LOS ANGELES (Reuters) - "The Family Circus" creator Bil Keane, whose kid-friendly comic strip gave readers a funny version of his own life at home and became one of the most widely syndicated cartoon panels in the world, has died at age 89, his distributor said on Wednesday.
Keane died on Tuesday of congestive heart failure at his home in Paradise Valley, Arizona, said Claudia Smith, a spokeswoman for syndication company King Features.
"The Family Circus" first appeared in 1960, and Keane modeled its two parents and four boisterous kids on himself, his wife and children. The comic still appears in 1,500 newspapers although Keane's son, Jeff, has helped with it.
"If 'The Family Circus' has any social value, it shows parents that their children are normal," the late Keane said in a statement provided by King Features.
"And if there is a philosophy behind the feature, it's this: A home filled with love and laughter is the happiest place in the world," he said.
"The Family Circus" is characterized by traditional family values and a round border that Keane used on his panels, to emphasize the closeness between the characters.
The strip features the characters Daddy, Mommy and their children Billy, Dolly, Jeffy and P.J.
King Features said the comic is among the most widely syndicated panels in the world and appears in about 1,500 newspapers.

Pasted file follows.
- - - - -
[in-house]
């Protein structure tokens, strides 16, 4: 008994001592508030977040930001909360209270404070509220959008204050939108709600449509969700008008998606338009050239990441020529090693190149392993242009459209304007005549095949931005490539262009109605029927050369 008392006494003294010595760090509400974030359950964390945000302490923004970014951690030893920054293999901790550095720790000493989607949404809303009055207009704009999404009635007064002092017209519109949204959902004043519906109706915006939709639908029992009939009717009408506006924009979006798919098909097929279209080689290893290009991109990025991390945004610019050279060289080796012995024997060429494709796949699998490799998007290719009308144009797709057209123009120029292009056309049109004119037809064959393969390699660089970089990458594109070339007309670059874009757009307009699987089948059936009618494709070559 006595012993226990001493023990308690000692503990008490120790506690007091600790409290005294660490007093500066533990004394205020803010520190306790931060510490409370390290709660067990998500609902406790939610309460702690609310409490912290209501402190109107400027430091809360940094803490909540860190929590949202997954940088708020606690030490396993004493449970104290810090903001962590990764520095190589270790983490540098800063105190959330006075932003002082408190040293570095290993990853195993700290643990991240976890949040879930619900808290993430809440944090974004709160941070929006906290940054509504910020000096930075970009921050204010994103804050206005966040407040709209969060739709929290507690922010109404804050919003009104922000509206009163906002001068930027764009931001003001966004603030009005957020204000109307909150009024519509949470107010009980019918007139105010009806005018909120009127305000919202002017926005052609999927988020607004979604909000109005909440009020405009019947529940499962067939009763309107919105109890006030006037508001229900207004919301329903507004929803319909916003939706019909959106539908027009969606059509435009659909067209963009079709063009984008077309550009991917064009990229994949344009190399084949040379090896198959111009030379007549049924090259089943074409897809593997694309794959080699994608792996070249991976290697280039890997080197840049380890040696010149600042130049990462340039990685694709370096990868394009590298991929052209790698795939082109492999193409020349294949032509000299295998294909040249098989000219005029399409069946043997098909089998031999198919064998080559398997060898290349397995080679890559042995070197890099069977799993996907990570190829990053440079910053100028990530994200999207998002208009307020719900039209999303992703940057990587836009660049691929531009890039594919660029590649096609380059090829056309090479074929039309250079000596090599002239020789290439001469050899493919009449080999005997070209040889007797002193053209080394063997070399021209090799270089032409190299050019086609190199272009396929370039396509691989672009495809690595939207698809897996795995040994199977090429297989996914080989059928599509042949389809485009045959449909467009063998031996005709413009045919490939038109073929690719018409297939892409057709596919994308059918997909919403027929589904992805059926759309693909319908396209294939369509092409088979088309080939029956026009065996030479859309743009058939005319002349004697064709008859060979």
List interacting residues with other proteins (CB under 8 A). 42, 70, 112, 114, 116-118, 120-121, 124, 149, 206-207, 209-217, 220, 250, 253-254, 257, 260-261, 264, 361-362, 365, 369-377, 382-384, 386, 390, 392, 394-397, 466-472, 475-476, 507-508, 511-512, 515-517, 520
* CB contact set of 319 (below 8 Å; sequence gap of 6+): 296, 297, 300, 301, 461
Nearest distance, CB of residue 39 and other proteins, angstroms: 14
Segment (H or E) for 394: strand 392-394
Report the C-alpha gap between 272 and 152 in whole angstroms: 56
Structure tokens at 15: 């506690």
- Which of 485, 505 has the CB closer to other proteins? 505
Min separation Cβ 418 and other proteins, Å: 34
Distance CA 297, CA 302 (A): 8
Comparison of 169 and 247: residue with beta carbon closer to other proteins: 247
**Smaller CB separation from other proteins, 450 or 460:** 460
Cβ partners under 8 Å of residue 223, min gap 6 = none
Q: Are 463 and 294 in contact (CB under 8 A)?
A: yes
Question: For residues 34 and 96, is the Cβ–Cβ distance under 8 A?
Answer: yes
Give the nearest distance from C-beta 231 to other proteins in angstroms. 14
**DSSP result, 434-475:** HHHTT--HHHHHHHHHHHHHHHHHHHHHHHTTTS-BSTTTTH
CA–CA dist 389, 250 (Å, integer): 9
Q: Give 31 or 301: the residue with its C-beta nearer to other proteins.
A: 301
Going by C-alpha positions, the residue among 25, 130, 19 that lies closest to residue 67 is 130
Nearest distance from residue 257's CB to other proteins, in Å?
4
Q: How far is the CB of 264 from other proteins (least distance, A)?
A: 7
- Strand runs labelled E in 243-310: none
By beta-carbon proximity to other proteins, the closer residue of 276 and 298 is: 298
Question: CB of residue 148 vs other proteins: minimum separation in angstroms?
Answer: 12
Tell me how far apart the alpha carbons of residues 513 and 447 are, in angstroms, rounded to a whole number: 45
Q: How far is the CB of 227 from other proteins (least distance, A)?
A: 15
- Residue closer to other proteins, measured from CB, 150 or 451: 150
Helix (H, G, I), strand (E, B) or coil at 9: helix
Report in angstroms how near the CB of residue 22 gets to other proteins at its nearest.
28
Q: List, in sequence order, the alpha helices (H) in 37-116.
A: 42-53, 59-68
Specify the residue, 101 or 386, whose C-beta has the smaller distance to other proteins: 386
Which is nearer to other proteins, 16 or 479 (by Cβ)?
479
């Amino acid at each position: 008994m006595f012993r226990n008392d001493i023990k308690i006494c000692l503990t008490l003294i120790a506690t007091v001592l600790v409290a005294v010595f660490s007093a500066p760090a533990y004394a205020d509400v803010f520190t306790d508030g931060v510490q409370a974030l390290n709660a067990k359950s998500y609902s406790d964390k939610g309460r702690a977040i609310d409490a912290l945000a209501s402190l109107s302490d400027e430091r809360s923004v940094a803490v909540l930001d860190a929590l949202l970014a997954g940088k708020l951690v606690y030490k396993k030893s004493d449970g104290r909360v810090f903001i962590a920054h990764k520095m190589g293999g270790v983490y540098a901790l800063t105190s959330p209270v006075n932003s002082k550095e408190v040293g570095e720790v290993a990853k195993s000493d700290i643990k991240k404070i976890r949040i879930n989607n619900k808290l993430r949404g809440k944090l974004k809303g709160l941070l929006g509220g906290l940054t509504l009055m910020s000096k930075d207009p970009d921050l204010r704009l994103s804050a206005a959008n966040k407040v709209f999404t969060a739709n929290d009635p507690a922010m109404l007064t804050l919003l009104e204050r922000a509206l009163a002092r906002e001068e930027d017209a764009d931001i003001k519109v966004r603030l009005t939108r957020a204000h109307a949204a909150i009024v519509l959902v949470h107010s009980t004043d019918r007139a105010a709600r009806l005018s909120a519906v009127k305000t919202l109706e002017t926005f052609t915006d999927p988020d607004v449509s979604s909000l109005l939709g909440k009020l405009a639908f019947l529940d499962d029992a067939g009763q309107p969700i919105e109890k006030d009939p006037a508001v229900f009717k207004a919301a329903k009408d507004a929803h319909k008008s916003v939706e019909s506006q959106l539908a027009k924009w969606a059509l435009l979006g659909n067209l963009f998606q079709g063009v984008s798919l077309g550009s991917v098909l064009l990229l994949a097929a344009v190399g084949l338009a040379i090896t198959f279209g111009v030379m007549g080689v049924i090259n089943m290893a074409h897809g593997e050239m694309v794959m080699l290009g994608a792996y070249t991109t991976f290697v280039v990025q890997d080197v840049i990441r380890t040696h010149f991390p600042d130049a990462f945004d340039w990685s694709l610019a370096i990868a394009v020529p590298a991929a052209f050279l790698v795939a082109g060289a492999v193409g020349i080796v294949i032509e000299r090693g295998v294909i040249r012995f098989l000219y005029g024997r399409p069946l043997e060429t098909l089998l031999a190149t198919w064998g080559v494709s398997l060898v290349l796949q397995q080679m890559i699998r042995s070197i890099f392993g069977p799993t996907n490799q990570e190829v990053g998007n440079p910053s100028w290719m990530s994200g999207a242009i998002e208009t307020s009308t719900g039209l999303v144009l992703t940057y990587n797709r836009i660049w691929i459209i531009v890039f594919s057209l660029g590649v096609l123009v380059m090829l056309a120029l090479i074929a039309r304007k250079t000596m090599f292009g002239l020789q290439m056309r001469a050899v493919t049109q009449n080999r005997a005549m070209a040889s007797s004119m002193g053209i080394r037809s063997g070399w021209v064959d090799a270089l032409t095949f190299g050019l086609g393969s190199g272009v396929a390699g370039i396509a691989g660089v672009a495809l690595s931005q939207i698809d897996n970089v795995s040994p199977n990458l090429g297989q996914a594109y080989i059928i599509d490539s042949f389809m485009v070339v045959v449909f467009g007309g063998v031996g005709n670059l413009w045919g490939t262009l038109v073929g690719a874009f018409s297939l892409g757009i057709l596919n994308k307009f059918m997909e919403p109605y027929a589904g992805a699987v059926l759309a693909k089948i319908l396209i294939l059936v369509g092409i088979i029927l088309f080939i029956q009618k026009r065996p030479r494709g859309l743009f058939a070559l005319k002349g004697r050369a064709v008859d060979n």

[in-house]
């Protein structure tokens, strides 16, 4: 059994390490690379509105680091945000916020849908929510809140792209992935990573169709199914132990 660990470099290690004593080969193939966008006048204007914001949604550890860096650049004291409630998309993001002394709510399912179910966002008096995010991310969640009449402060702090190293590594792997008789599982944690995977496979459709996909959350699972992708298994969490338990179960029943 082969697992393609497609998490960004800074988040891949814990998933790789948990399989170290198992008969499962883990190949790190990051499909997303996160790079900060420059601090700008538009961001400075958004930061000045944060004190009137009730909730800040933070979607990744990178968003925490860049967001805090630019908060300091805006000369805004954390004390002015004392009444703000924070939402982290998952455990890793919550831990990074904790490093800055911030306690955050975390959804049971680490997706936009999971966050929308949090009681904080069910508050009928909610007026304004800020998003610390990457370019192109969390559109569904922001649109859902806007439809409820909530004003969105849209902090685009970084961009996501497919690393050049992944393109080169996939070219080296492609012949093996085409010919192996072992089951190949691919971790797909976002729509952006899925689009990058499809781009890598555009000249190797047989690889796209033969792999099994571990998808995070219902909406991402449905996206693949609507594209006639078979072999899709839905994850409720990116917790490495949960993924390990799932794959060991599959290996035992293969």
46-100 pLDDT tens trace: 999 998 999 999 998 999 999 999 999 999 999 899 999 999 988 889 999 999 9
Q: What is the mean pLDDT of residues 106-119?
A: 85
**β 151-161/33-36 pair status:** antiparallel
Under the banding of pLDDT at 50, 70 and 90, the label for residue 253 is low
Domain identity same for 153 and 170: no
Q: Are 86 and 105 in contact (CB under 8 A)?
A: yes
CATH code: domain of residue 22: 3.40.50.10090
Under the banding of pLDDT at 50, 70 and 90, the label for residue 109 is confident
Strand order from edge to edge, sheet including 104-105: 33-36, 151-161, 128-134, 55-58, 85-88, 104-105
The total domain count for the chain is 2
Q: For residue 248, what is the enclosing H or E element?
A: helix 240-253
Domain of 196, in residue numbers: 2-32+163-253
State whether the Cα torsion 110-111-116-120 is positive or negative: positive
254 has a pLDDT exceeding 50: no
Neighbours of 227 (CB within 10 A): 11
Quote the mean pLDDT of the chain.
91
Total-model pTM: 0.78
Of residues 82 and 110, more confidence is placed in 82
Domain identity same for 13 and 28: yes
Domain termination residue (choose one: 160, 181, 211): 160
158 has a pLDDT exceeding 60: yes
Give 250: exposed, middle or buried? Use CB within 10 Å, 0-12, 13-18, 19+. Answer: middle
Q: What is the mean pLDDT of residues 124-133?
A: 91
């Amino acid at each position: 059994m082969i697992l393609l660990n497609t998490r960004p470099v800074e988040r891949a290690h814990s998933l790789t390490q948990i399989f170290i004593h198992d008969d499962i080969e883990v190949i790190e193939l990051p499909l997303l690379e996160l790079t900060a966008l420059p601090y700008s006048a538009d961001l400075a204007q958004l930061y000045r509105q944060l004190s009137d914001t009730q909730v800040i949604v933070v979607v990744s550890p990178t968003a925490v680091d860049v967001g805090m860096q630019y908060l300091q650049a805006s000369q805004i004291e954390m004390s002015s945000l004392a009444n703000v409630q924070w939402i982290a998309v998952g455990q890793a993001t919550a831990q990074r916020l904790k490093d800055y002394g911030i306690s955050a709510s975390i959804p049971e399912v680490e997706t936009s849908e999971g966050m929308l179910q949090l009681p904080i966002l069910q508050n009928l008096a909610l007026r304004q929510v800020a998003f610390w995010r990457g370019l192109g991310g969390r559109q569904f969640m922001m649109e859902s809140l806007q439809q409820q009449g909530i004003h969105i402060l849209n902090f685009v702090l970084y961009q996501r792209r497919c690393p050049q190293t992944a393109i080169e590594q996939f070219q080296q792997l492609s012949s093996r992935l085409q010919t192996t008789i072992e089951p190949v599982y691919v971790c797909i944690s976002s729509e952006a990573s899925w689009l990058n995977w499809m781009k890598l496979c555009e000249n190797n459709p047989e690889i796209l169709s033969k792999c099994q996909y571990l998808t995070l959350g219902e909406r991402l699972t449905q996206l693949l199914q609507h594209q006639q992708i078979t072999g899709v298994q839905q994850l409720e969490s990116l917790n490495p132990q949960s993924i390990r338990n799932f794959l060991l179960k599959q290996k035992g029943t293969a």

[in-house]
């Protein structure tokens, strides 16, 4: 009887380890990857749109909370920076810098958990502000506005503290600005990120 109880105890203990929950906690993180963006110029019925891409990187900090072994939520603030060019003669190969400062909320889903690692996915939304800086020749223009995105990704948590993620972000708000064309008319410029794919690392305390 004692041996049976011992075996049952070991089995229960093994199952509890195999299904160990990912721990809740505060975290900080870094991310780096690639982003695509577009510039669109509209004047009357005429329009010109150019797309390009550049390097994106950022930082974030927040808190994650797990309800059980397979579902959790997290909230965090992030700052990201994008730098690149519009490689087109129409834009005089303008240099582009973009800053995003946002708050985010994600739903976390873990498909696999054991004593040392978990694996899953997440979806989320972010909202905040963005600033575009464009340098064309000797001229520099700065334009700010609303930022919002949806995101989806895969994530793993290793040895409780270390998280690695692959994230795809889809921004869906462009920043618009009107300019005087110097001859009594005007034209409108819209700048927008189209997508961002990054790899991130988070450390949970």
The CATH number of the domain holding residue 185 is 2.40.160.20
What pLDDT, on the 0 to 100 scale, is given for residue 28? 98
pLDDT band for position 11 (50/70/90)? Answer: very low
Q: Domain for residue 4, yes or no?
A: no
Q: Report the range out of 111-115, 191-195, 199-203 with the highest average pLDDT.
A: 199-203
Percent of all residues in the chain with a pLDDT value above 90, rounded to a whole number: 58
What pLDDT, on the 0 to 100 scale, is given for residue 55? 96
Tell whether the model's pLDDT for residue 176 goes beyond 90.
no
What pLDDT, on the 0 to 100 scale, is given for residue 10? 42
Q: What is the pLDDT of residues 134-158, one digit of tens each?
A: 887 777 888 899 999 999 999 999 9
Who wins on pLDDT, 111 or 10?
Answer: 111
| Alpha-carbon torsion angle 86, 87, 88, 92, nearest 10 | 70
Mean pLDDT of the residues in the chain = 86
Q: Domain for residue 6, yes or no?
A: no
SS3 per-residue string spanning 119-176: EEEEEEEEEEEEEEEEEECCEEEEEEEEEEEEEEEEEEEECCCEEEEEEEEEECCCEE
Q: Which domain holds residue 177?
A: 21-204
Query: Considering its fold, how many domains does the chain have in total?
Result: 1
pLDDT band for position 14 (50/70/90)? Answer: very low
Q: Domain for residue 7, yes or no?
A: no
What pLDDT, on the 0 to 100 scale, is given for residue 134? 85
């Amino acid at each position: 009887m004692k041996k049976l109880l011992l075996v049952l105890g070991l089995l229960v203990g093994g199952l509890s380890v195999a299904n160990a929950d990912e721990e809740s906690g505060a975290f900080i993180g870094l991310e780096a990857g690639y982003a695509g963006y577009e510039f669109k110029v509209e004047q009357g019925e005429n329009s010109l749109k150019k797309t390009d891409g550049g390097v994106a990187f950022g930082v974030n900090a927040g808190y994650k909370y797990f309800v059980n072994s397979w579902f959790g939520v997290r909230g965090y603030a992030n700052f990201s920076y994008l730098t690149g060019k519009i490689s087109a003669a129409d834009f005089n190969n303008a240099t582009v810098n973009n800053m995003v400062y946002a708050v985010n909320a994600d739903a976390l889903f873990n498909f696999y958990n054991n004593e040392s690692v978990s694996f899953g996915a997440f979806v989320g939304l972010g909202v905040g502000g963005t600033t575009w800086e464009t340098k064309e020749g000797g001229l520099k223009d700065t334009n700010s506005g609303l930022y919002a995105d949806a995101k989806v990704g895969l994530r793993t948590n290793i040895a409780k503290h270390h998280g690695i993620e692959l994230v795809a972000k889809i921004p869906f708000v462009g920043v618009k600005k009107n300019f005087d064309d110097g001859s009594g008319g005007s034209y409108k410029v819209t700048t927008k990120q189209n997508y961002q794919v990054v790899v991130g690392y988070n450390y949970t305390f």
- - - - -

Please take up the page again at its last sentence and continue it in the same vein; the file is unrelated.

"We are fortunate that his son, Jeff, who has worked with him for years, will remain at the helm of the great feature and continue his father's tradition of putting a smile on readers' faces every day," Brendan Burford, comics editor for King Features Syndicate, said in a statement.
The comic's humor typically comes from the children's guileless attitude, or their misunderstanding of what is occurring around them.
In one typical panel from the 1970s, the oldest boy holds out a hand in a snow storm and complains "I CAUGHT one of those snowflakes but I can't find it!"
Keane, a native of Philadelphia, taught himself to draw in high school. He first imitated the drawing styles of some of The New Yorker magazine cartoonists of the late 1930s, before developing his own approach.
He served in the U.S. Army during World War Two and met the woman who would become his wife, Thel Carne, while stationed in Australia.
Aside from appearing as a character in his strip, Thel also helped her husband as an editor and consultant.
After World War Two, Keane worked at the Philadelphia Bulletin as a staff artist, and moved his family to Arizona the year before launching his most famous comic strip.
He is survived by his children, nine grandchildren and one great-grandchild. His wife, Thel, died in 2008.
Reporting by Alex Dobuzinskis: Editing by Jerry Norton and Cynthia Osterman